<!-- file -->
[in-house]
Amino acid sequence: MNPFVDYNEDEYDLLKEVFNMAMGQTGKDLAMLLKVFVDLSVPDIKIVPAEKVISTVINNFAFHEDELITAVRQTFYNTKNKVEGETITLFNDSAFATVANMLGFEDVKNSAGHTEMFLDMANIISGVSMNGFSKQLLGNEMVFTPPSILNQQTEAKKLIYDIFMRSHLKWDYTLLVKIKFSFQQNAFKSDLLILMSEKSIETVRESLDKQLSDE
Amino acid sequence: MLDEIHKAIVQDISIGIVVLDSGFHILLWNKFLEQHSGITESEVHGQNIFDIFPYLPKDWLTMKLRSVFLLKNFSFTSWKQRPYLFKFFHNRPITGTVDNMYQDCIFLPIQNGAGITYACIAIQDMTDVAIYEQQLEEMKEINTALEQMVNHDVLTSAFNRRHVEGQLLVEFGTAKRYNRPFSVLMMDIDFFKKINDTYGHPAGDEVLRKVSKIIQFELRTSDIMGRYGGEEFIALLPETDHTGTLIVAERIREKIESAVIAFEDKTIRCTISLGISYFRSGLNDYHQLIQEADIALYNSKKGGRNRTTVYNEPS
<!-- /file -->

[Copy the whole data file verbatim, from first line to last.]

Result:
[in-house]
Amino acid sequence: MNPFVDYNEDEYDLLKEVFNMAMGQTGKDLAMLLKVFVDLSVPDIKIVPAEKVISTVINNFAFHEDELITAVRQTFYNTKNKVEGETITLFNDSAFATVANMLGFEDVKNSAGHTEMFLDMANIISGVSMNGFSKQLLGNEMVFTPPSILNQQTEAKKLIYDIFMRSHLKWDYTLLVKIKFSFQQNAFKSDLLILMSEKSIETVRESLDKQLSDE
Amino acid sequence: MLDEIHKAIVQDISIGIVVLDSGFHILLWNKFLEQHSGITESEVHGQNIFDIFPYLPKDWLTMKLRSVFLLKNFSFTSWKQRPYLFKFFHNRPITGTVDNMYQDCIFLPIQNGAGITYACIAIQDMTDVAIYEQQLEEMKEINTALEQMVNHDVLTSAFNRRHVEGQLLVEFGTAKRYNRPFSVLMMDIDFFKKINDTYGHPAGDEVLRKVSKIIQFELRTSDIMGRYGGEEFIALLPETDHTGTLIVAERIREKIESAVIAFEDKTIRCTISLGISYFRSGLNDYHQLIQEADIALYNSKKGGRNRTTVYNEPS